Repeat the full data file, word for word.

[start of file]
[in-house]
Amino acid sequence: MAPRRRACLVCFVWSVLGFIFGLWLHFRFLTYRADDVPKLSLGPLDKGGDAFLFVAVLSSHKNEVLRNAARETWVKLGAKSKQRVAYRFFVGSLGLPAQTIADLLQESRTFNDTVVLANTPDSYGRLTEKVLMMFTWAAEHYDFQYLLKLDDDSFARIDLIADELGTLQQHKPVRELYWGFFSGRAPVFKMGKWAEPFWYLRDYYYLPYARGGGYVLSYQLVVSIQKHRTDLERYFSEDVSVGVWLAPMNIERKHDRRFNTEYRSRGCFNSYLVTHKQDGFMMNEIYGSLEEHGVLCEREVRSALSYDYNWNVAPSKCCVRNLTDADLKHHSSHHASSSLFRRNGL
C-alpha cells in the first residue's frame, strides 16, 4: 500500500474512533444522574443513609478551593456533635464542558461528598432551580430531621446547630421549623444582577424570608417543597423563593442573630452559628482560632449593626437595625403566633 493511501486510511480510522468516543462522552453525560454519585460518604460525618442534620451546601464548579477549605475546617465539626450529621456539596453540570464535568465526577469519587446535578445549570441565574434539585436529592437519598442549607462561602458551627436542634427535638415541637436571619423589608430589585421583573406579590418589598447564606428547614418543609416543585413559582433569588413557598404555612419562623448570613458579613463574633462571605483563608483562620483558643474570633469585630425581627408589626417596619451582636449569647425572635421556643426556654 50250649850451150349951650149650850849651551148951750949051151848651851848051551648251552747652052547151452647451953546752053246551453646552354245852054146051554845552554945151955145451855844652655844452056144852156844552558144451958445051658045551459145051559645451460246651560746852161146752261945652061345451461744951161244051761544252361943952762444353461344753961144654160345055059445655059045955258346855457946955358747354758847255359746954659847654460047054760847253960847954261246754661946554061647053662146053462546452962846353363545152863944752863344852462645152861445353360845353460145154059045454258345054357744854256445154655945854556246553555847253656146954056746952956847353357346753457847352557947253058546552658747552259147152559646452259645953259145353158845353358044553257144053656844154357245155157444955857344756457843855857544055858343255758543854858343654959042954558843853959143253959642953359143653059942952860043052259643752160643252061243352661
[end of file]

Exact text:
[in-house]
Amino acid sequence: MAPRRRACLVCFVWSVLGFIFGLWLHFRFLTYRADDVPKLSLGPLDKGGDAFLFVAVLSSHKNEVLRNAARETWVKLGAKSKQRVAYRFFVGSLGLPAQTIADLLQESRTFNDTVVLANTPDSYGRLTEKVLMMFTWAAEHYDFQYLLKLDDDSFARIDLIADELGTLQQHKPVRELYWGFFSGRAPVFKMGKWAEPFWYLRDYYYLPYARGGGYVLSYQLVVSIQKHRTDLERYFSEDVSVGVWLAPMNIERKHDRRFNTEYRSRGCFNSYLVTHKQDGFMMNEIYGSLEEHGVLCEREVRSALSYDYNWNVAPSKCCVRNLTDADLKHHSSHHASSSLFRRNGL
C-alpha cells in the first residue's frame, strides 16, 4: 500500500474512533444522574443513609478551593456533635464542558461528598432551580430531621446547630421549623444582577424570608417543597423563593442573630452559628482560632449593626437595625403566633 493511501486510511480510522468516543462522552453525560454519585460518604460525618442534620451546601464548579477549605475546617465539626450529621456539596453540570464535568465526577469519587446535578445549570441565574434539585436529592437519598442549607462561602458551627436542634427535638415541637436571619423589608430589585421583573406579590418589598447564606428547614418543609416543585413559582433569588413557598404555612419562623448570613458579613463574633462571605483563608483562620483558643474570633469585630425581627408589626417596619451582636449569647425572635421556643426556654 50250649850451150349951650149650850849651551148951750949051151848651851848051551648251552747652052547151452647451953546752053246551453646552354245852054146051554845552554945151955145451855844652655844452056144852156844552558144451958445051658045551459145051559645451460246651560746852161146752261945652061345451461744951161244051761544252361943952762444353461344753961144654160345055059445655059045955258346855457946955358747354758847255359746954659847654460047054760847253960847954261246754661946554061647053662146053462546452962846353363545152863944752863344852462645152861445353360845353460145154059045454258345054357744854256445154655945854556246553555847253656146954056746952956847353357346753457847352557947253058546552658747552259147152559646452259645953259145353158845353358044553257144053656844154357245155157444955857344756457843855857544055858343255758543854858343654959042954558843853959143253959642953359143653059942952860043052259643752160643252061243352661